I’ve been playing Skyrim lately. The maps are pretty but they don’t have all the functionality I’d like to see.

Map design is not only about what’s included but what is omitted. In Google Maps, the satellite view shows the physical features like trees and rocks; the map view shows the abstractions like forests and borders. Skyrim’s cloth map is like Google Maps “map view” and the in-game map is like “satellite view”. The cloth map is hand-drawn; the in-game map is computer generated. I think a satellite view is almost never the right thing for a game map.

TL;DR — the Skyrim map should include the things my character would put on a map, either by automatically marking things, or by allowing me to annotate them myself. The map should include what’s important for gameplay: forests, not trees; roads, not clouds.

If you’re playing Skyrim and want a better map, get the Quality World Map mod to add roads to the in-game map.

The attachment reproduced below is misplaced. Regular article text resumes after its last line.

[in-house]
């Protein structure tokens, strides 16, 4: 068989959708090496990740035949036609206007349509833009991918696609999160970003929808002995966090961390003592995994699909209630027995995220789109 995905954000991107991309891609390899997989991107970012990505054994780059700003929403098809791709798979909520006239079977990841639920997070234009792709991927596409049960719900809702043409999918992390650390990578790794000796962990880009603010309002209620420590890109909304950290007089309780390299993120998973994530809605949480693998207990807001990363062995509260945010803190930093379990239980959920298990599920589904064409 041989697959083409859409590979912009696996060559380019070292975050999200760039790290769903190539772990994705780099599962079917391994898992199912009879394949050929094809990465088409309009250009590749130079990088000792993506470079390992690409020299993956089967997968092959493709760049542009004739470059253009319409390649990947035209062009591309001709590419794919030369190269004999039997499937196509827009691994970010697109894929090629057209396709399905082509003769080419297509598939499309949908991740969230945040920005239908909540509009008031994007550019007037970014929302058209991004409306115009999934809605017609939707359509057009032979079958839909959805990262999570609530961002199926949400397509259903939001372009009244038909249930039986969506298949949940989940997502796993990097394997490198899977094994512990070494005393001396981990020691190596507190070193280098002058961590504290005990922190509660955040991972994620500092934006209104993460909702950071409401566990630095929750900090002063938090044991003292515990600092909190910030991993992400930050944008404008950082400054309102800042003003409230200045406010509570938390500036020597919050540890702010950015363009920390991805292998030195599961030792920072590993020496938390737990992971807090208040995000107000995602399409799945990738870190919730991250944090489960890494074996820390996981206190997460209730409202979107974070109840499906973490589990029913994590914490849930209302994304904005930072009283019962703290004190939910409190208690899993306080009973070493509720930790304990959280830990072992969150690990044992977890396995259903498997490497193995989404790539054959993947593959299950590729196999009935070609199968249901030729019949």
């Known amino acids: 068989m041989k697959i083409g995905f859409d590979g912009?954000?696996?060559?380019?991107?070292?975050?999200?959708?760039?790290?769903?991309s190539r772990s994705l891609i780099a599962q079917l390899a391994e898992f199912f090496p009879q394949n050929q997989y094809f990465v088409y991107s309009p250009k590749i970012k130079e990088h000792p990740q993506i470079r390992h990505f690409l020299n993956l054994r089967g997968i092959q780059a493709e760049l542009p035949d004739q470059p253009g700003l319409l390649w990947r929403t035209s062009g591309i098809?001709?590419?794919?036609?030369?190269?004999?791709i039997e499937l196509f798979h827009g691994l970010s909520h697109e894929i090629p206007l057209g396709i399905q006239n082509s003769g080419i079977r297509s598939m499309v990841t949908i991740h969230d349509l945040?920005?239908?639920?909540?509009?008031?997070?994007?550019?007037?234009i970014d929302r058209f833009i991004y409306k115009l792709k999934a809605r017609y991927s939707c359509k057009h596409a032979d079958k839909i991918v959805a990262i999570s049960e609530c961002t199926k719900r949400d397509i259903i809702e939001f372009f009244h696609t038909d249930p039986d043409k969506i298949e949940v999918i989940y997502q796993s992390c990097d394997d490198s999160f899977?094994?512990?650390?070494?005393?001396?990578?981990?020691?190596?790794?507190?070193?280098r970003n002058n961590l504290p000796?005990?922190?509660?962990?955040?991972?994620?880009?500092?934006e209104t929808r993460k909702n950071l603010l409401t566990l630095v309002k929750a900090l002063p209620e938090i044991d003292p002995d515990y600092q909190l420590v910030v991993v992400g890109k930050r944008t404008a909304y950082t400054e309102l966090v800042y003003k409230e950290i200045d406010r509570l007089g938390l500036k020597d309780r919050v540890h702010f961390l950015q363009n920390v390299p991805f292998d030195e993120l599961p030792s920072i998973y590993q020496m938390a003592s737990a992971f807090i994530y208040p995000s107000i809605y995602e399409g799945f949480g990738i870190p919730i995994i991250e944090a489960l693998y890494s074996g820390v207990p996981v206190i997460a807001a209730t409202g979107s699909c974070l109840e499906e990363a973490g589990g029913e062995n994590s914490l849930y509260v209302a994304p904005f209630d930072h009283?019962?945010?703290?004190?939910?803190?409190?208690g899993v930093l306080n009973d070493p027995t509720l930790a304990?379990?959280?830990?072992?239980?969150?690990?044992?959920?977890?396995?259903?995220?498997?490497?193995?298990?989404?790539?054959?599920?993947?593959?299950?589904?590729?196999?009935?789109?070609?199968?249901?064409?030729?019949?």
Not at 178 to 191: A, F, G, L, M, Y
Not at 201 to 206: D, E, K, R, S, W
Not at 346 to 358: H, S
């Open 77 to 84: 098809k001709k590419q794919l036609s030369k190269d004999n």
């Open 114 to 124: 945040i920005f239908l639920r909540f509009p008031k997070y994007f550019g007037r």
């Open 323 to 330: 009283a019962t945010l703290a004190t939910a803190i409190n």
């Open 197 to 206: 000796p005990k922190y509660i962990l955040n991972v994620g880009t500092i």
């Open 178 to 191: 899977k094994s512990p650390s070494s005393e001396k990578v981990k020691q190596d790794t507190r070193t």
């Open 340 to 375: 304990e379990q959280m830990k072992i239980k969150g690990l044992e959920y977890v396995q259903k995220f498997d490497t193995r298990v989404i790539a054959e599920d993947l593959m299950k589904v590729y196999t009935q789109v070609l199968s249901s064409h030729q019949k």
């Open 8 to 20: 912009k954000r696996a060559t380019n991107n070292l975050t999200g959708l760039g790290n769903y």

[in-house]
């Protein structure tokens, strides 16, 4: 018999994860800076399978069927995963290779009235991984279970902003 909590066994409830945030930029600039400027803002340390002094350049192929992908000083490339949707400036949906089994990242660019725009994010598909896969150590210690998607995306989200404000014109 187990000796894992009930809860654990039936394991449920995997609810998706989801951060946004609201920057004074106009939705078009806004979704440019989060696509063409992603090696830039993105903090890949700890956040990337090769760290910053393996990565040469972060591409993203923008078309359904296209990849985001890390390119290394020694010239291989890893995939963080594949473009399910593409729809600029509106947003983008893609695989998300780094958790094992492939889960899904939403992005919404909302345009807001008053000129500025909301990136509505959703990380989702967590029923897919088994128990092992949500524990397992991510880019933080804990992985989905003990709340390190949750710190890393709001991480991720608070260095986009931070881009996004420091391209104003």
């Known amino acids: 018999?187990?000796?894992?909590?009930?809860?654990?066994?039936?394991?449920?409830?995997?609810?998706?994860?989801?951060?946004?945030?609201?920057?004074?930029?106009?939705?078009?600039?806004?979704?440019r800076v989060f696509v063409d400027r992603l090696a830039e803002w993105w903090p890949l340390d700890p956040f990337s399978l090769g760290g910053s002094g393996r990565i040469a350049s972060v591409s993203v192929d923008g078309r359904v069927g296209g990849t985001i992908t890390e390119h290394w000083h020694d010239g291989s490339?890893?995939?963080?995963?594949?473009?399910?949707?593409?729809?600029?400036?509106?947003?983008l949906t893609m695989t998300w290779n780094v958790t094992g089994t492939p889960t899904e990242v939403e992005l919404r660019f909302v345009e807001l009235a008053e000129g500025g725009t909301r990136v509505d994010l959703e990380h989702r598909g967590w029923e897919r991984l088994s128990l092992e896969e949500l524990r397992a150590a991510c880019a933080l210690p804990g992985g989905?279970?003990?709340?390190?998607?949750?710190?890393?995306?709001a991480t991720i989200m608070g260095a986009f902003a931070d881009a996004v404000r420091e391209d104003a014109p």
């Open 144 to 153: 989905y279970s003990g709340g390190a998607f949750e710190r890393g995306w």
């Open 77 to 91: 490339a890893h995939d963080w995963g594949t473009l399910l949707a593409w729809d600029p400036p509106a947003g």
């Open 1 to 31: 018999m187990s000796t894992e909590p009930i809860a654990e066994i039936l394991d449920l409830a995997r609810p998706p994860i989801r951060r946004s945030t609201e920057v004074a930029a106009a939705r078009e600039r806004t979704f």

If you’re designing a game map, here are some things to think about, and my thoughts on Skyrim’s maps.

Comparison of Skyrim and Google/Bing maps

When designing a game map, make a list of the questions the player might ask about locations. Here are some things that I’d like to know when playing Skyrim and many other games:

History

Future

Paths

News

Multiplayer

Specific to Skyrim

Skyrim map design

Skyrim comes with two maps: a “cloth” map showing key features, and a dynamic in-game map showing key features and quests. What do I like most about Skyrim’s maps?

What do I like least about Skyrim’s maps?

I’ve found several third party Skyrim maps:

Of these, Prima’s strategy guide maps seem the nicest. However, none of them can match the potential of what an in-game map could do, adapting as the game progresses to show what the player needs to know. Look at Kingdoms of Amalur’s maps to see what a game like Skyrim could have provided.

Designing your game’s maps

A map is a tool for finding information about locations. When designing a map, make a list of the kinds of location-related information the player will want.

Design the map around answering the player’s questions about locations; omit details that distract from those answers. Clean, good looking, and useful maps make games more enjoyable.